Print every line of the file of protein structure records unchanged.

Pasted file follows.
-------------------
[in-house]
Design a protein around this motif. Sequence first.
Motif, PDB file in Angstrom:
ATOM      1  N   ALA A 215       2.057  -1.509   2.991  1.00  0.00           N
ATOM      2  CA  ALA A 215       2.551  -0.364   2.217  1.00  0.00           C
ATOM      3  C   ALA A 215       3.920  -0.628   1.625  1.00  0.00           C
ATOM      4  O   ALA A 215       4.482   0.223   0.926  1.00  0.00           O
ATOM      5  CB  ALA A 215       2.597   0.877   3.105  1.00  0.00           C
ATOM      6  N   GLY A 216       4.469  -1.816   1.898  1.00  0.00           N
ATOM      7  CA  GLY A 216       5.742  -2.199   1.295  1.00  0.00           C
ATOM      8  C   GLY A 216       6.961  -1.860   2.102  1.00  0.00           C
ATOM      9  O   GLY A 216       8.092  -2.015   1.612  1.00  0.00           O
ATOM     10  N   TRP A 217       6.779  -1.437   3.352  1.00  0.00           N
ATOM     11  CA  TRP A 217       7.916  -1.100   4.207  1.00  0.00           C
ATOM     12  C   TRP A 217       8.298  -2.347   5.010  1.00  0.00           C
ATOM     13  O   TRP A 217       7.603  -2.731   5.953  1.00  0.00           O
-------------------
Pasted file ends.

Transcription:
[in-house]
Design a protein around this motif. Sequence first.
Motif, PDB file in Angstrom:
ATOM      1  N   ALA A 215       2.057  -1.509   2.991  1.00  0.00           N
ATOM      2  CA  ALA A 215       2.551  -0.364   2.217  1.00  0.00           C
ATOM      3  C   ALA A 215       3.920  -0.628   1.625  1.00  0.00           C
ATOM      4  O   ALA A 215       4.482   0.223   0.926  1.00  0.00           O
ATOM      5  CB  ALA A 215       2.597   0.877   3.105  1.00  0.00           C
ATOM      6  N   GLY A 216       4.469  -1.816   1.898  1.00  0.00           N
ATOM      7  CA  GLY A 216       5.742  -2.199   1.295  1.00  0.00           C
ATOM      8  C   GLY A 216       6.961  -1.860   2.102  1.00  0.00           C
ATOM      9  O   GLY A 216       8.092  -2.015   1.612  1.00  0.00           O
ATOM     10  N   TRP A 217       6.779  -1.437   3.352  1.00  0.00           N
ATOM     11  CA  TRP A 217       7.916  -1.100   4.207  1.00  0.00           C
ATOM     12  C   TRP A 217       8.298  -2.347   5.010  1.00  0.00           C
ATOM     13  O   TRP A 217       7.603  -2.731   5.953  1.00  0.00           O